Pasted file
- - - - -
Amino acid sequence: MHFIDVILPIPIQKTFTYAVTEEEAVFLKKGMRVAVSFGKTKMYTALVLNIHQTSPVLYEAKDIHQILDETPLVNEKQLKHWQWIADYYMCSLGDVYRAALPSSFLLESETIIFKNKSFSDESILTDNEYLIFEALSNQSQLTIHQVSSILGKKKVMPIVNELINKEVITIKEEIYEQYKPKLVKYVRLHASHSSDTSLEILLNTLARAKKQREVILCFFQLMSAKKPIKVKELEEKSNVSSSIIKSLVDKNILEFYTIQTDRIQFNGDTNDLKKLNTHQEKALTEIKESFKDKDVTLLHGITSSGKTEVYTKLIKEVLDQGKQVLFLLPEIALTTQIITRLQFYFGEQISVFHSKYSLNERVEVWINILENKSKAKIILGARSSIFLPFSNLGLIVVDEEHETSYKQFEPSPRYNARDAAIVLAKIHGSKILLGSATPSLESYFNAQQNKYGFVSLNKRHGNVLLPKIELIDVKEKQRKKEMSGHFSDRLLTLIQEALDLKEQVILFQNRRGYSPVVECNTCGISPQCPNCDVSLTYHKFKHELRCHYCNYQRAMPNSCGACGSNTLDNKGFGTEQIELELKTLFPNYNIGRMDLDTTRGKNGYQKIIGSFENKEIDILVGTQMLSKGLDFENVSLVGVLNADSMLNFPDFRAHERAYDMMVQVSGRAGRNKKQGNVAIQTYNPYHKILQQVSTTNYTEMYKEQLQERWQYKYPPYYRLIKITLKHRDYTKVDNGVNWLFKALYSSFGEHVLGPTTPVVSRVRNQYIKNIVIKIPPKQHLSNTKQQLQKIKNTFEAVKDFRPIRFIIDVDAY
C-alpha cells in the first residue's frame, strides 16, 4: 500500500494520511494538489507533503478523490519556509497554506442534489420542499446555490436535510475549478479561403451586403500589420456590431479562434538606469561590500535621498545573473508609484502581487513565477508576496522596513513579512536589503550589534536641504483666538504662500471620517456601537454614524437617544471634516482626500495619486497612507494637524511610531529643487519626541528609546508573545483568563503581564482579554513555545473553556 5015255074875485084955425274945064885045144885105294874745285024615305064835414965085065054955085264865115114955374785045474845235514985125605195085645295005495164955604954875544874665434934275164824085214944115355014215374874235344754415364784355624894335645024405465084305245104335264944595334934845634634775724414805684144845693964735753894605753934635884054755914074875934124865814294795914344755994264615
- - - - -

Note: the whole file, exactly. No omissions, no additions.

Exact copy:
Amino acid sequence: MHFIDVILPIPIQKTFTYAVTEEEAVFLKKGMRVAVSFGKTKMYTALVLNIHQTSPVLYEAKDIHQILDETPLVNEKQLKHWQWIADYYMCSLGDVYRAALPSSFLLESETIIFKNKSFSDESILTDNEYLIFEALSNQSQLTIHQVSSILGKKKVMPIVNELINKEVITIKEEIYEQYKPKLVKYVRLHASHSSDTSLEILLNTLARAKKQREVILCFFQLMSAKKPIKVKELEEKSNVSSSIIKSLVDKNILEFYTIQTDRIQFNGDTNDLKKLNTHQEKALTEIKESFKDKDVTLLHGITSSGKTEVYTKLIKEVLDQGKQVLFLLPEIALTTQIITRLQFYFGEQISVFHSKYSLNERVEVWINILENKSKAKIILGARSSIFLPFSNLGLIVVDEEHETSYKQFEPSPRYNARDAAIVLAKIHGSKILLGSATPSLESYFNAQQNKYGFVSLNKRHGNVLLPKIELIDVKEKQRKKEMSGHFSDRLLTLIQEALDLKEQVILFQNRRGYSPVVECNTCGISPQCPNCDVSLTYHKFKHELRCHYCNYQRAMPNSCGACGSNTLDNKGFGTEQIELELKTLFPNYNIGRMDLDTTRGKNGYQKIIGSFENKEIDILVGTQMLSKGLDFENVSLVGVLNADSMLNFPDFRAHERAYDMMVQVSGRAGRNKKQGNVAIQTYNPYHKILQQVSTTNYTEMYKEQLQERWQYKYPPYYRLIKITLKHRDYTKVDNGVNWLFKALYSSFGEHVLGPTTPVVSRVRNQYIKNIVIKIPPKQHLSNTKQQLQKIKNTFEAVKDFRPIRFIIDVDAY
C-alpha cells in the first residue's frame, strides 16, 4: 500500500494520511494538489507533503478523490519556509497554506442534489420542499446555490436535510475549478479561403451586403500589420456590431479562434538606469561590500535621498545573473508609484502581487513565477508576496522596513513579512536589503550589534536641504483666538504662500471620517456601537454614524437617544471634516482626500495619486497612507494637524511610531529643487519626541528609546508573545483568563503581564482579554513555545473553556 5015255074875485084955425274945064885045144885105294874745285024615305064835414965085065054955085264865115114955374785045474845235514985125605195085645295005495164955604954875544874665434934275164824085214944115355014215374874235344754415364784355624894335645024405465084305245104335264944595334934845634634775724414805684144845693964735753894605753934635884054755914074875934124865814294795914344755994264615